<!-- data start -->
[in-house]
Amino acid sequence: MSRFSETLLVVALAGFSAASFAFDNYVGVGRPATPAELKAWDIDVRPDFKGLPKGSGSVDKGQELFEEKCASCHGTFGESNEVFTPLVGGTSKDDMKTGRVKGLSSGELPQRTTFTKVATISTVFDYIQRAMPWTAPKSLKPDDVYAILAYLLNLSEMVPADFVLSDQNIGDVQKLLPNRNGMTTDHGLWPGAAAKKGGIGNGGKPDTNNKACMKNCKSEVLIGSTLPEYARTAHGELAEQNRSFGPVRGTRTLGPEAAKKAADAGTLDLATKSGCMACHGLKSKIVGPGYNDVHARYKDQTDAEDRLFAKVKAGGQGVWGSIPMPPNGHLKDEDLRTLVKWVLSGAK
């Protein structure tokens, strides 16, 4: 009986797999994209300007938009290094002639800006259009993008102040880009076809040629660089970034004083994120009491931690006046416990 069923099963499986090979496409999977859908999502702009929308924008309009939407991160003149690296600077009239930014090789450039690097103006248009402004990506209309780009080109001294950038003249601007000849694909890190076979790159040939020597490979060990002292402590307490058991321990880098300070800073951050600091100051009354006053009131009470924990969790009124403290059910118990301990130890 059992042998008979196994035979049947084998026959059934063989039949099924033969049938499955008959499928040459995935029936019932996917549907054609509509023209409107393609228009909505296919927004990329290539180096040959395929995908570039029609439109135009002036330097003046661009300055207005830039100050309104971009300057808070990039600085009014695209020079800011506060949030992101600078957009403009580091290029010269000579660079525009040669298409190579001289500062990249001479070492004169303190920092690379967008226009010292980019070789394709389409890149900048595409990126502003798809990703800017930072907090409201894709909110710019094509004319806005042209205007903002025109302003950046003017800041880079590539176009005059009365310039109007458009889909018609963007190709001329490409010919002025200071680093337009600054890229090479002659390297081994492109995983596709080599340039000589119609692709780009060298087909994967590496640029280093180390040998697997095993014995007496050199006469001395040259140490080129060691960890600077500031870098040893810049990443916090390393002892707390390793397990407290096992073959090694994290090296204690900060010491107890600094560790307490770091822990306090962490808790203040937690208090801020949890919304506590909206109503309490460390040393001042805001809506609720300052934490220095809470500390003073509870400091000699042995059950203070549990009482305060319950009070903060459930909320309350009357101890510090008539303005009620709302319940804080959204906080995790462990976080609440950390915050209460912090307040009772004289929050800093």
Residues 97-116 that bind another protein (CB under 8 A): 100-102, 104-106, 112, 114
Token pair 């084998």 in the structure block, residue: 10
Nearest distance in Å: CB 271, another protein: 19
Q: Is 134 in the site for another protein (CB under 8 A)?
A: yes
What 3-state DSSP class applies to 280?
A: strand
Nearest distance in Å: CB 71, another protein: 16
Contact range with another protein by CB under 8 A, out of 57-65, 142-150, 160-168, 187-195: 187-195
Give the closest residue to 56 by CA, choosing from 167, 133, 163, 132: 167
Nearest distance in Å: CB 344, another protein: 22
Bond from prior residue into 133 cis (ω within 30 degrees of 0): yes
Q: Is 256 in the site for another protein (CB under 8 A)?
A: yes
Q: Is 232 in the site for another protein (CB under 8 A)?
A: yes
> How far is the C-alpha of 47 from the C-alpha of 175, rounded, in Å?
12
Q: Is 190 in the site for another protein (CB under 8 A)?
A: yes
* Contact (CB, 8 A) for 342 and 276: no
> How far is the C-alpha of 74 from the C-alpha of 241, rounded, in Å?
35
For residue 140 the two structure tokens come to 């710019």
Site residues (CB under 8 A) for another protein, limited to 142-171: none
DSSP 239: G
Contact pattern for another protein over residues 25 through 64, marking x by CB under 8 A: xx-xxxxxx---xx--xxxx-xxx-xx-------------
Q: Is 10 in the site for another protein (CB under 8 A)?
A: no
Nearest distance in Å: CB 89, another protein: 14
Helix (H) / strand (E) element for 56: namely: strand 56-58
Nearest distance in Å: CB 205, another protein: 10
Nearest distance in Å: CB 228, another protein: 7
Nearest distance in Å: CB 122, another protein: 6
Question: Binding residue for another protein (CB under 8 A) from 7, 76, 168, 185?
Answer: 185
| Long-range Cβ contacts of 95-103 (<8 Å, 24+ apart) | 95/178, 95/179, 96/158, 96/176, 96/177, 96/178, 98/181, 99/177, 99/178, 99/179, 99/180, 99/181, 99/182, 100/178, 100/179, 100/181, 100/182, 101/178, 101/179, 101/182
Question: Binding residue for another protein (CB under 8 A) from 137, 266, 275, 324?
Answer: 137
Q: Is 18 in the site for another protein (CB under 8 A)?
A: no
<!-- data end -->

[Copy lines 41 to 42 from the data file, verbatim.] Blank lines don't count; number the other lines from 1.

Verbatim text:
Question: Binding residue for another protein (CB under 8 A) from 137, 266, 275, 324?
Answer: 137